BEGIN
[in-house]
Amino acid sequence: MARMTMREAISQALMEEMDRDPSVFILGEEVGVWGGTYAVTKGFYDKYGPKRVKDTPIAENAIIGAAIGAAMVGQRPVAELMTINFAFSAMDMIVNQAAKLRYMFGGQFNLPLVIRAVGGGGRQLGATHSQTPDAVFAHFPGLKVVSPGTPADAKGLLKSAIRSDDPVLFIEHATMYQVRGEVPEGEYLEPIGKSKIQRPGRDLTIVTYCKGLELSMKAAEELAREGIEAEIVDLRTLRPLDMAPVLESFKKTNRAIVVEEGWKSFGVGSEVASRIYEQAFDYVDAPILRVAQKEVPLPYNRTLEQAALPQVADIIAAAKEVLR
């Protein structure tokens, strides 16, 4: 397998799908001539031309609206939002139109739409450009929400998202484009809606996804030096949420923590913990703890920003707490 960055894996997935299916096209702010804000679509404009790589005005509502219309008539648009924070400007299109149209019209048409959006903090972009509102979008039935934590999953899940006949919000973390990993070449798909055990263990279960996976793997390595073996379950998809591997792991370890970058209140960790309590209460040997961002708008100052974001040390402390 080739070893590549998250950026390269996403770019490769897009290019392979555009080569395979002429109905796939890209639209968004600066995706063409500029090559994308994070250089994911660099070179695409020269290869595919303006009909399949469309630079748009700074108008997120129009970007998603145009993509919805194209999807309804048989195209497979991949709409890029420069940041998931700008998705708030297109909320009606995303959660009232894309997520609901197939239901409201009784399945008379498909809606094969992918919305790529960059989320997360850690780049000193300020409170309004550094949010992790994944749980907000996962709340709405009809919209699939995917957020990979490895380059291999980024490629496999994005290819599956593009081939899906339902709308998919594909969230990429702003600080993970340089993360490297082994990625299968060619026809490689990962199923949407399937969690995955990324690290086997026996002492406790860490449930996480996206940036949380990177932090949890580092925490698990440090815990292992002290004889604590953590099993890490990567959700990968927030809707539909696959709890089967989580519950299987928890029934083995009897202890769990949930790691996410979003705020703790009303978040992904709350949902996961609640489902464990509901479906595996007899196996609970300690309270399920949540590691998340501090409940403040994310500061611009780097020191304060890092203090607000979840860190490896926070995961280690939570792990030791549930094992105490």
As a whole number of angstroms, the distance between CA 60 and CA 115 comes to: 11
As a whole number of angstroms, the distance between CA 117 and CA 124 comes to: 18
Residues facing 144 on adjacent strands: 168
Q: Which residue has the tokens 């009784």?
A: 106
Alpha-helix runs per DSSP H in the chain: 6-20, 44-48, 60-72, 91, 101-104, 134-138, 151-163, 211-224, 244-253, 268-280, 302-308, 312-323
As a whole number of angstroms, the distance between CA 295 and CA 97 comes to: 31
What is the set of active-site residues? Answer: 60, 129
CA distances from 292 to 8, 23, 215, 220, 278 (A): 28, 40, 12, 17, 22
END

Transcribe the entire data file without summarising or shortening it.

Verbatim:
[in-house]
Amino acid sequence: MARMTMREAISQALMEEMDRDPSVFILGEEVGVWGGTYAVTKGFYDKYGPKRVKDTPIAENAIIGAAIGAAMVGQRPVAELMTINFAFSAMDMIVNQAAKLRYMFGGQFNLPLVIRAVGGGGRQLGATHSQTPDAVFAHFPGLKVVSPGTPADAKGLLKSAIRSDDPVLFIEHATMYQVRGEVPEGEYLEPIGKSKIQRPGRDLTIVTYCKGLELSMKAAEELAREGIEAEIVDLRTLRPLDMAPVLESFKKTNRAIVVEEGWKSFGVGSEVASRIYEQAFDYVDAPILRVAQKEVPLPYNRTLEQAALPQVADIIAAAKEVLR
């Protein structure tokens, strides 16, 4: 397998799908001539031309609206939002139109739409450009929400998202484009809606996804030096949420923590913990703890920003707490 960055894996997935299916096209702010804000679509404009790589005005509502219309008539648009924070400007299109149209019209048409959006903090972009509102979008039935934590999953899940006949919000973390990993070449798909055990263990279960996976793997390595073996379950998809591997792991370890970058209140960790309590209460040997961002708008100052974001040390402390 080739070893590549998250950026390269996403770019490769897009290019392979555009080569395979002429109905796939890209639209968004600066995706063409500029090559994308994070250089994911660099070179695409020269290869595919303006009909399949469309630079748009700074108008997120129009970007998603145009993509919805194209999807309804048989195209497979991949709409890029420069940041998931700008998705708030297109909320009606995303959660009232894309997520609901197939239901409201009784399945008379498909809606094969992918919305790529960059989320997360850690780049000193300020409170309004550094949010992790994944749980907000996962709340709405009809919209699939995917957020990979490895380059291999980024490629496999994005290819599956593009081939899906339902709308998919594909969230990429702003600080993970340089993360490297082994990625299968060619026809490689990962199923949407399937969690995955990324690290086997026996002492406790860490449930996480996206940036949380990177932090949890580092925490698990440090815990292992002290004889604590953590099993890490990567959700990968927030809707539909696959709890089967989580519950299987928890029934083995009897202890769990949930790691996410979003705020703790009303978040992904709350949902996961609640489902464990509901479906595996007899196996609970300690309270399920949540590691998340501090409940403040994310500061611009780097020191304060890092203090607000979840860190490896926070995961280690939570792990030791549930094992105490």
As a whole number of angstroms, the distance between CA 60 and CA 115 comes to: 11
As a whole number of angstroms, the distance between CA 117 and CA 124 comes to: 18
Residues facing 144 on adjacent strands: 168
Q: Which residue has the tokens 């009784």?
A: 106
Alpha-helix runs per DSSP H in the chain: 6-20, 44-48, 60-72, 91, 101-104, 134-138, 151-163, 211-224, 244-253, 268-280, 302-308, 312-323
As a whole number of angstroms, the distance between CA 295 and CA 97 comes to: 31
What is the set of active-site residues? Answer: 60, 129
CA distances from 292 to 8, 23, 215, 220, 278 (A): 28, 40, 12, 17, 22